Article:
National Center for Health Promotion and Disease Prevention
Urinary Tract Infections - Women’s Health Guide
A urinary tract infection (UTI) occurs when bacteria grow in the urinary tract. The urinary tract system makes and stores urine and carries it out of the body.
The organs that can be infected include:
- Bladder (common) – Stores urine
- Urethra (common) – The tube that carries urine from the bladder out of the body
- Kidneys – Collect waste from blood to make urine
- Ureters – Move urine from the kidneys to the bladder
How is it spread?
Women get UTIs more often than men. The risk for UTIs can be increased by:
- Sexual intercourse
- Using a diaphragm
- Conditions that cause urine to stay in the bladder too long
- Problems emptying the bladder completely
- Loss of hormones (after menopause)
- Kidney stones
- Having a tube that drains urine from the bladder
- Having had several children
UTIs cannot be spread between people.
What are signs of UTIs in women?
UTIs in the bladder and urethra may cause:
- Frequent urge to urinate, but not much urine comes out
- Burning, stinging or pain with urination
- Heavy feeling in the lower belly
- Waking in the night to urinate
Other signs of UTI may include:
- Pain or pressure in the lower back or sides
- Urine that smells bad or looks dark, cloudy, or red
- Tiredness, fever, and chills
How do you know if you have a UTI?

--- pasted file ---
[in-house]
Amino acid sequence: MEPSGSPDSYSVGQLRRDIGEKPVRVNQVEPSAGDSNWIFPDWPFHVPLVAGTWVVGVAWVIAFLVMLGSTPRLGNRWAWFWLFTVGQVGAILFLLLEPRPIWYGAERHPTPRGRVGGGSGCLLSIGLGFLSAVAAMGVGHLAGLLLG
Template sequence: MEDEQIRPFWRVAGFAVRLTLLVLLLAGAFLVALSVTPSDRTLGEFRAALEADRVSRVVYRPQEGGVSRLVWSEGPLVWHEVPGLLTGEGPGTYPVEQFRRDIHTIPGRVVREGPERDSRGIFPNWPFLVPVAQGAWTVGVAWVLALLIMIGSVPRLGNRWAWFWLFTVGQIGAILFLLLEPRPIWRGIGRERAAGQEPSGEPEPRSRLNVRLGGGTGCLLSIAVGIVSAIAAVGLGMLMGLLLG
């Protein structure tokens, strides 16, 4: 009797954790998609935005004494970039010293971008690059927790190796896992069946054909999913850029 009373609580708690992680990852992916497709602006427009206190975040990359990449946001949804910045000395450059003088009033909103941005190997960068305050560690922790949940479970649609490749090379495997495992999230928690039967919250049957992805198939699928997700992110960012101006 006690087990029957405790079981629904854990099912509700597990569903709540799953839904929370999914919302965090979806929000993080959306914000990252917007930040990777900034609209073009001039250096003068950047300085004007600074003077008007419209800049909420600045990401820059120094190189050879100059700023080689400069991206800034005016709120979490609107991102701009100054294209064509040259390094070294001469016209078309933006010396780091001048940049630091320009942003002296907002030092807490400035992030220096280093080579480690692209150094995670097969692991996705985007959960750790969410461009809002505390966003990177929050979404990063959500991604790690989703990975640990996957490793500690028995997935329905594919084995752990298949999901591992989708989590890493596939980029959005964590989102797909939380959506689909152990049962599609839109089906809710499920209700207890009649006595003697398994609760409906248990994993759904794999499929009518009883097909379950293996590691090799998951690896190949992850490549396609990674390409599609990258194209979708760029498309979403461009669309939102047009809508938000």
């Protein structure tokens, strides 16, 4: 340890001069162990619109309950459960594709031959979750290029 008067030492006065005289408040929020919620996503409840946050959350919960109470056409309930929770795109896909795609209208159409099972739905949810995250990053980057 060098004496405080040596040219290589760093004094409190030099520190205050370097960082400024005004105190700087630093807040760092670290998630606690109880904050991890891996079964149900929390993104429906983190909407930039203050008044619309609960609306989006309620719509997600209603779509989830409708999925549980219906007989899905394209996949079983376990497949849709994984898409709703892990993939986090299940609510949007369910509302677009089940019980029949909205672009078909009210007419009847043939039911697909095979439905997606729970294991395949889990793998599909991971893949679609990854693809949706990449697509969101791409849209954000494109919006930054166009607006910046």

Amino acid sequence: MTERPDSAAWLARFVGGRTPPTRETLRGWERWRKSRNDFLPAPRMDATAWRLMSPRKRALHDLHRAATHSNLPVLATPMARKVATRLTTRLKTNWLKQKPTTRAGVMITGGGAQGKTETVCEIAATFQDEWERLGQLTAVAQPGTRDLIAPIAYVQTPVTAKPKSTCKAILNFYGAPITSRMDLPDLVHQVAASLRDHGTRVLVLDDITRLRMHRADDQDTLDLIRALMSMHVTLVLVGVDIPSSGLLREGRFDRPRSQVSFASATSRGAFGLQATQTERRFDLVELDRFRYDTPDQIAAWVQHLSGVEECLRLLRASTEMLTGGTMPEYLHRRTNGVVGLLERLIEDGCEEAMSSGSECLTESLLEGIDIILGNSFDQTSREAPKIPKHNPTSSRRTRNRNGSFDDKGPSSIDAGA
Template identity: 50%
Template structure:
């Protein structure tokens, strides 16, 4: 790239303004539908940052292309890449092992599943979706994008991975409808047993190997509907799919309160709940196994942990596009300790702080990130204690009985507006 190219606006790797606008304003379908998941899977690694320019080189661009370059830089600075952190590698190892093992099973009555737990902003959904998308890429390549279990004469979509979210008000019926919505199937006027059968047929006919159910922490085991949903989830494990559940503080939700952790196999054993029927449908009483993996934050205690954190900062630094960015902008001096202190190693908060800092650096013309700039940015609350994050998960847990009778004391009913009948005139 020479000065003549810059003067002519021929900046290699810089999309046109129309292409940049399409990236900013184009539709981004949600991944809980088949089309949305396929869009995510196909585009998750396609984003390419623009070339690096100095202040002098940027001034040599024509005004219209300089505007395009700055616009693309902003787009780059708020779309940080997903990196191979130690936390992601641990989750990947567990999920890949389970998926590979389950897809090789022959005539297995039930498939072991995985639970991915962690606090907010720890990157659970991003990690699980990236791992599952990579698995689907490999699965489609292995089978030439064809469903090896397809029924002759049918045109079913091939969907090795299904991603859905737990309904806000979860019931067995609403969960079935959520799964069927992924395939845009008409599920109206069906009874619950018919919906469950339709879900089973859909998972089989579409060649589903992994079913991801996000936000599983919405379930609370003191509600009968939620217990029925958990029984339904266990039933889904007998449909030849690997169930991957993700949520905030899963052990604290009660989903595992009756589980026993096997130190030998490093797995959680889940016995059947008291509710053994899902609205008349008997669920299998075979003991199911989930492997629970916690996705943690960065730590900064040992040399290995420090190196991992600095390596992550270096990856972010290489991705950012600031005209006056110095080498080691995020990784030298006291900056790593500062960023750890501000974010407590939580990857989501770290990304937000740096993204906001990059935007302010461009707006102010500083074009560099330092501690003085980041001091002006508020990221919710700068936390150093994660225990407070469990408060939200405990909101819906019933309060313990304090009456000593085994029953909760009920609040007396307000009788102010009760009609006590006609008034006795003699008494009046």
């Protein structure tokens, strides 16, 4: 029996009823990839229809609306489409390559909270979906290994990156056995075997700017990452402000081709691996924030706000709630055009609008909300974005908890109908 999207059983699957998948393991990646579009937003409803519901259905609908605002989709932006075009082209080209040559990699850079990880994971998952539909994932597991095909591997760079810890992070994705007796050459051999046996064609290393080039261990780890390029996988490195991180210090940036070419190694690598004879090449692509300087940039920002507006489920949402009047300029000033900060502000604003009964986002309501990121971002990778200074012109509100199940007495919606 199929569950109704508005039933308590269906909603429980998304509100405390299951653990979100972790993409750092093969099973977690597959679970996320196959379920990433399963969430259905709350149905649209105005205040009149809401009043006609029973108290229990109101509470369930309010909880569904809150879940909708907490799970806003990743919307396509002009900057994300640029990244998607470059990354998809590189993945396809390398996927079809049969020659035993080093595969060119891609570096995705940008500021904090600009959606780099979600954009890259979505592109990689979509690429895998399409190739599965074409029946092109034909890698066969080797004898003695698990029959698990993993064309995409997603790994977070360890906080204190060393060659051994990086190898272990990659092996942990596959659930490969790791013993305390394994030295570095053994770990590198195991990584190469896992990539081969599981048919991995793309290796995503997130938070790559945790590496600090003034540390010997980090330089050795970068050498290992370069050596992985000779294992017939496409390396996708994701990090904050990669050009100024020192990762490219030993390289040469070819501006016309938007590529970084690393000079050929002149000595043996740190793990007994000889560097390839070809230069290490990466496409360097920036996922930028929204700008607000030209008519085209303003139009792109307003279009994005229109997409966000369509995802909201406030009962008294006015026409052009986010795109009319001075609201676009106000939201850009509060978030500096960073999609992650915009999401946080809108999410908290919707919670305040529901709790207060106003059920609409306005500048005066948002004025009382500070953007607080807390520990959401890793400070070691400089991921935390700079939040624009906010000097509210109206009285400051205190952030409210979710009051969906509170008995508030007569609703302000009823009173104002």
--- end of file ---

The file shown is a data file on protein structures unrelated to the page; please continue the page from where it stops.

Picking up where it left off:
A health care provider can examine you for UTIs. A urine sample will be tested. Other tests may be done if your provider thinks the infection has spread, or if you have had many UTIs. You may be asked about:
- Signs of your UTI
- Past UTIs
- Sexual contact
- Birth control methods
- Other health conditions, such as diabetes
How is it treated?
UTIs are treated and cured with antibiotics. Always finish antibiotic treatment. If treated quickly, UTIs usually do not cause serious problems. You may need longer treatment or a different antibiotic if you:
- Are pregnant
- Have frequent UTIs
- Have diabetes
- Have a UTI that has spread to your kidneys
UTIs in the bladder and urethra that are not treated can spread to the kidneys and cause serious illness.
If you have a UTI
- Always finish antibiotic treatment
Return to your health care provider if:
- Signs don't go away
- Signs come back
- Signs get worse
- You have more or different signs of UTI
Some doctors suggest showers instead of baths, and sanitary pads instead of tampons.
How can you avoid UTIs?
- Urinate when you have the urge.
- Don't hold in urine for a long time.
- Urinate before and after having sex.
- Drink plenty of fluids.
- Clean your genital area every day.
- Avoid the use of douches and perfumed sprays for the genital area.
What about pregnancy?
It is important to notify your health care provider right away if you are pregnant and think you may have a UTI. In pregnant women, UTIs:
- May result in early labor or early birth
- May cause harm to the baby, or even death
- Are more likely to spread to the kidneys
For more on UTIs
- National Institute of Diabetes and Digestive and Kidney Diseases (NIDDK/NIH): Urinary Tract Infections in Adults
- U.S. National Library of Medicine: Urinary Tract Infection – Adults
- U.S. Department of Health and Human Services (HHS), Office on Women's Health: Urinary Tract Infection Fact Sheet
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